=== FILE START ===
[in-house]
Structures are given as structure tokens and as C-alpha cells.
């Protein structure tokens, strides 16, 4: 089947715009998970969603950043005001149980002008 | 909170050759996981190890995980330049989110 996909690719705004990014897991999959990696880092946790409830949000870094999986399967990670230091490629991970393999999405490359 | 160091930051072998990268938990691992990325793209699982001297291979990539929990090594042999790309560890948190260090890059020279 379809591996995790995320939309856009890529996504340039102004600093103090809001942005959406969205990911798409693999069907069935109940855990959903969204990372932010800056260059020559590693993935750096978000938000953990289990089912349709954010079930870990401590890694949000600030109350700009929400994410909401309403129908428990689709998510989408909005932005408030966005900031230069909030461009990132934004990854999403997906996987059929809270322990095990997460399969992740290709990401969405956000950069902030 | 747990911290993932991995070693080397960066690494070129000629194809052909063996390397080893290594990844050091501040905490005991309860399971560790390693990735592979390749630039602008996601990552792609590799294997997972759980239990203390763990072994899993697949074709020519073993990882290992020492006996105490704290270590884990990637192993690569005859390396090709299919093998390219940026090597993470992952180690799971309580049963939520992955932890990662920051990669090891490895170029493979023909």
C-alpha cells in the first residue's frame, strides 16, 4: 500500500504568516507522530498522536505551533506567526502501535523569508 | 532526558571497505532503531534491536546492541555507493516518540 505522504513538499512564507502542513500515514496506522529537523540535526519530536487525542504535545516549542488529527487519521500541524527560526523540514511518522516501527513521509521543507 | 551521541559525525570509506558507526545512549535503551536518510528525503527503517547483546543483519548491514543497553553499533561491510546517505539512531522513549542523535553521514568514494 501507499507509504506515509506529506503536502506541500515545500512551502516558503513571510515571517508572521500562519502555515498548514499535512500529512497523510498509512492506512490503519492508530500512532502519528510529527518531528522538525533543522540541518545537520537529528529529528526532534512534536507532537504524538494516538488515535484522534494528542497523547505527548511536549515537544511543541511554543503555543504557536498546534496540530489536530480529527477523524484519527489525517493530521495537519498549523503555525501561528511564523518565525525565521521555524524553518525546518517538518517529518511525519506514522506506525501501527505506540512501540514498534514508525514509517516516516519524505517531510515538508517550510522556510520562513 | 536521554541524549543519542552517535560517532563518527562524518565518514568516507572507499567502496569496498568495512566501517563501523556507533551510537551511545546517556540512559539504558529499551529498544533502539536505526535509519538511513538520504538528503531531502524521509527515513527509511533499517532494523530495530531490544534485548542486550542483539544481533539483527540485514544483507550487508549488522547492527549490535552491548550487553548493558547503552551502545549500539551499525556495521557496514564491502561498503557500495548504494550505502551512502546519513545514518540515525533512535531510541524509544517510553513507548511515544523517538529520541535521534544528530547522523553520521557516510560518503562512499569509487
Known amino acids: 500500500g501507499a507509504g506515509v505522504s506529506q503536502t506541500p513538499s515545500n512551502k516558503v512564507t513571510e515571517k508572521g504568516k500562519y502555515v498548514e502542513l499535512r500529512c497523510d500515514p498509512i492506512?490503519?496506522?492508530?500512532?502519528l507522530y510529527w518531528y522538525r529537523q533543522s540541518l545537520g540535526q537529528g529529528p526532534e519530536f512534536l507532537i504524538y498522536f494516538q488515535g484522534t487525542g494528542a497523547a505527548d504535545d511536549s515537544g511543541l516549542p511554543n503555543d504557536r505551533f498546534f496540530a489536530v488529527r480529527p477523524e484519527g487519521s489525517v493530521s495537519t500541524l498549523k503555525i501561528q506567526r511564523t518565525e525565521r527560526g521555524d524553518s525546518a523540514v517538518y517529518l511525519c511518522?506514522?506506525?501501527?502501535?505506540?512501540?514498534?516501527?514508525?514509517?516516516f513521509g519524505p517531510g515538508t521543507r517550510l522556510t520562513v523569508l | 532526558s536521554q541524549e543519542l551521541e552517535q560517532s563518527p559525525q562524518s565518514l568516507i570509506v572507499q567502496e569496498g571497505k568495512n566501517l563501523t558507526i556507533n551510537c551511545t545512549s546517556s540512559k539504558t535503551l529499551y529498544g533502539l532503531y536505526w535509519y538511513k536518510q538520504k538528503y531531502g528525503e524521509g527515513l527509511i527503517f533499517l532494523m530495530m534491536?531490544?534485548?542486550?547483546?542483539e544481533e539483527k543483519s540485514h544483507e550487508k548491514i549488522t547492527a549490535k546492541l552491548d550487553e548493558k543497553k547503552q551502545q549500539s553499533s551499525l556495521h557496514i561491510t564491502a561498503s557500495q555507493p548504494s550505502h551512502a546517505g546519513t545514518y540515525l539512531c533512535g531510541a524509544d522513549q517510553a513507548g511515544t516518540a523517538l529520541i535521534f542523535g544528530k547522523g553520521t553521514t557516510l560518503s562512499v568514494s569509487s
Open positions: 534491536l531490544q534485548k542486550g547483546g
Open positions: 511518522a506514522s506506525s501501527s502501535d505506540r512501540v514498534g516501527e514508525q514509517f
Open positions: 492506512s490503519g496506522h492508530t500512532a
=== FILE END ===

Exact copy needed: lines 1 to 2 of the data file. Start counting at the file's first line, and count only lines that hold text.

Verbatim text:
[in-house]
Structures are given as structure tokens and as C-alpha cells.